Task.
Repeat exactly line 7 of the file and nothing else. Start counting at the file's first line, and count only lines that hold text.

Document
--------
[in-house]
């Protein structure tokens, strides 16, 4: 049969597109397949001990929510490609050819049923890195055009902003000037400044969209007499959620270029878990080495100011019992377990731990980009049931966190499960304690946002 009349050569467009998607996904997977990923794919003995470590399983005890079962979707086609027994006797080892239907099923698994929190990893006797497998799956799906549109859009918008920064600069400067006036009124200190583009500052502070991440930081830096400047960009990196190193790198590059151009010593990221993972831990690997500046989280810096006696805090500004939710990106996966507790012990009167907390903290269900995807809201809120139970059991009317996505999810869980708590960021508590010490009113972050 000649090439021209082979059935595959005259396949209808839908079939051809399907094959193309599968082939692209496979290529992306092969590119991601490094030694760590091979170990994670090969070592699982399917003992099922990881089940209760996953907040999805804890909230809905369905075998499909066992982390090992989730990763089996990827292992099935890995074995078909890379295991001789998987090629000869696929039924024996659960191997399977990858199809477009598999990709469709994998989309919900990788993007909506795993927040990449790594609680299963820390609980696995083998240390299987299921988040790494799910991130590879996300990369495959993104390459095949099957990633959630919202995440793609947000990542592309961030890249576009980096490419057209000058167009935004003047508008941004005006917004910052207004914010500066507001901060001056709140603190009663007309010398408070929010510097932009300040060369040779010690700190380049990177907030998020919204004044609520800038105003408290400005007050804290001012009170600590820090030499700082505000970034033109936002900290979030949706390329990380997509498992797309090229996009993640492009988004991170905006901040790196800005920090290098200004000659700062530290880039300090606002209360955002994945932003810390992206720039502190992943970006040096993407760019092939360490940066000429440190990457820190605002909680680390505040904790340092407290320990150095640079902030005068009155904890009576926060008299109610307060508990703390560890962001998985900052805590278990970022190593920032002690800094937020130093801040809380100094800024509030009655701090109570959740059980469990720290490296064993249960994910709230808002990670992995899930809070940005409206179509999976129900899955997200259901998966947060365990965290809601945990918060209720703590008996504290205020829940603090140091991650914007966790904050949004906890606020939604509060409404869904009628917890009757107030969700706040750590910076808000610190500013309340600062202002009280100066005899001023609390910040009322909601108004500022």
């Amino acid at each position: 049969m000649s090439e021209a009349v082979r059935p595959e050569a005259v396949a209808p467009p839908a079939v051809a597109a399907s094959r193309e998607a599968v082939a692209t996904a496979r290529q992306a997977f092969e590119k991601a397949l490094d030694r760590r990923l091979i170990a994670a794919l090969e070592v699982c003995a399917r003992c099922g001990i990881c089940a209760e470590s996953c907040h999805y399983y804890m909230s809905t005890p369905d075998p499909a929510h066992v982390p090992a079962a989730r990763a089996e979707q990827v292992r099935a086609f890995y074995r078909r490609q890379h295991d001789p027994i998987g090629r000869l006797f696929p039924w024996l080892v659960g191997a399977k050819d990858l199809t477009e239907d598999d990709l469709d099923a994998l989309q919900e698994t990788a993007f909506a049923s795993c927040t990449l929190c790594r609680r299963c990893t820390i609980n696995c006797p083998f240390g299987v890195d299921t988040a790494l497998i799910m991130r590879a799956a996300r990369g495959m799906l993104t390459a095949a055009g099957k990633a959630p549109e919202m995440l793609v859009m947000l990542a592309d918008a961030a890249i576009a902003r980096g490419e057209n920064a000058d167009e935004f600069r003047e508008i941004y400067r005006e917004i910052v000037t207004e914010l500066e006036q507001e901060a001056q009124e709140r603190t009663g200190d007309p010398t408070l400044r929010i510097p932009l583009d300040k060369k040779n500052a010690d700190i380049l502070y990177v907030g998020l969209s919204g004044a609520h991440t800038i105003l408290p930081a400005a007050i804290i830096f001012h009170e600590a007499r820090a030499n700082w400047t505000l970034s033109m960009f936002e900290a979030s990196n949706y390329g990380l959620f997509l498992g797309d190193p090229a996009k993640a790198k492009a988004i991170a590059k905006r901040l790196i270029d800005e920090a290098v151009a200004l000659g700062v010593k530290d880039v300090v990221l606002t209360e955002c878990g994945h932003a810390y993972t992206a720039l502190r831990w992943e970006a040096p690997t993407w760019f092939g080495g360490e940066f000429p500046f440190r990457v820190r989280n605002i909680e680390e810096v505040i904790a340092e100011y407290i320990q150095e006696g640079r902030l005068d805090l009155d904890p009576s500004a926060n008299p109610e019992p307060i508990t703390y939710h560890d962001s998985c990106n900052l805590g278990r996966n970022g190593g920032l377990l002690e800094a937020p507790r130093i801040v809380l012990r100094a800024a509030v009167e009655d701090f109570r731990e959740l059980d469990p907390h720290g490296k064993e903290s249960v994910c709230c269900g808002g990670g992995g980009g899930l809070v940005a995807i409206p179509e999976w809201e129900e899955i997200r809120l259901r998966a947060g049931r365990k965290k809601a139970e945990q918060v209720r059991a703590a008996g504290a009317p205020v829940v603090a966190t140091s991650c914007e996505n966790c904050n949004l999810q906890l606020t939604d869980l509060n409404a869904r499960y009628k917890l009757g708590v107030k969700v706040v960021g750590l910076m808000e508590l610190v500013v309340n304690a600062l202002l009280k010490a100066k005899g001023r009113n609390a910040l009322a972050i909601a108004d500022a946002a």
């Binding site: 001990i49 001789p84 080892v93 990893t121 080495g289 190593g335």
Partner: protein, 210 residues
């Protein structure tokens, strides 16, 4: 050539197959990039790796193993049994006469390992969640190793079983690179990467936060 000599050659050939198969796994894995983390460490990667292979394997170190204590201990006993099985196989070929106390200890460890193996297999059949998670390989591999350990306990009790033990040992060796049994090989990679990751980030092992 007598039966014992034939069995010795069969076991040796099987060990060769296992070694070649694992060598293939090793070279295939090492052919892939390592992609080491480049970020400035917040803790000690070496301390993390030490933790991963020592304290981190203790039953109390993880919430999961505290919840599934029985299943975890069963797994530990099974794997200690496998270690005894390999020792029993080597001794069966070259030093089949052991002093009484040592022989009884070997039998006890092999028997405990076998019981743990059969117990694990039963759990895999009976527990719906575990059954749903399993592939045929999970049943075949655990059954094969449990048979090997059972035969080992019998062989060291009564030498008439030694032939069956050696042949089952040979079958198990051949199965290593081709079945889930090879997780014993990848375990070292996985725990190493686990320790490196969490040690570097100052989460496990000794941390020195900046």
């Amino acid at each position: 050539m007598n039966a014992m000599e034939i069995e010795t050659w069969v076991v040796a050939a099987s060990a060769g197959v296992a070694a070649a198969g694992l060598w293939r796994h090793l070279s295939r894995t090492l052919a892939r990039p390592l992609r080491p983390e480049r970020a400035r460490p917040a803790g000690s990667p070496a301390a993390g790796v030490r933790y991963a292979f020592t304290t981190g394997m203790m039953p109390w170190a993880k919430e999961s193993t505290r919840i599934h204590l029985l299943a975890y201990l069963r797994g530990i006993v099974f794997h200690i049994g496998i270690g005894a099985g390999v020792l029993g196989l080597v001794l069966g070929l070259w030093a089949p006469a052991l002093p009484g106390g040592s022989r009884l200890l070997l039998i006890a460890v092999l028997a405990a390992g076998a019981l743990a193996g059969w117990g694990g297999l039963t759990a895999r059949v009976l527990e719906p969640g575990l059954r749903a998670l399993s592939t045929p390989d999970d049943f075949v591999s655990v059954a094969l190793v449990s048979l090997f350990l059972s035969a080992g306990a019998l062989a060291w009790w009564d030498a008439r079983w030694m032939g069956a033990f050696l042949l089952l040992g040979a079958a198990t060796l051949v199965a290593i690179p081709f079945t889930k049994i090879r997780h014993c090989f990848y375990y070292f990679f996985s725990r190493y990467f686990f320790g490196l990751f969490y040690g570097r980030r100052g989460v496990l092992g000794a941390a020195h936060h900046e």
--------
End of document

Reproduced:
């Amino acid at each position: 050539m007598n039966a014992m000599e034939i069995e010795t050659w069969v076991v040796a050939a099987s060990a060769g197959v296992a070694a070649a198969g694992l060598w293939r796994h090793l070279s295939r894995t090492l052919a892939r990039p390592l992609r080491p983390e480049r970020a400035r460490p917040a803790g000690s990667p070496a301390a993390g790796v030490r933790y991963a292979f020592t304290t981190g394997m203790m039953p109390w170190a993880k919430e999961s193993t505290r919840i599934h204590l029985l299943a975890y201990l069963r797994g530990i006993v099974f794997h200690i049994g496998i270690g005894a099985g390999v020792l029993g196989l080597v001794l069966g070929l070259w030093a089949p006469a052991l002093p009484g106390g040592s022989r009884l200890l070997l039998i006890a460890v092999l028997a405990a390992g076998a019981l743990a193996g059969w117990g694990g297999l039963t759990a895999r059949v009976l527990e719906p969640g575990l059954r749903a998670l399993s592939t045929p390989d999970d049943f075949v591999s655990v059954a094969l190793v449990s048979l090997f350990l059972s035969a080992g306990a019998l062989a060291w009790w009564d030498a008439r079983w030694m032939g069956a033990f050696l042949l089952l040992g040979a079958a198990t060796l051949v199965a290593i690179p081709f079945t889930k049994i090879r997780h014993c090989f990848y375990y070292f990679f996985s725990r190493y990467f686990f320790g490196l990751f969490y040690g570097r980030r100052g989460v496990l092992g000794a941390a020195h936060h900046e």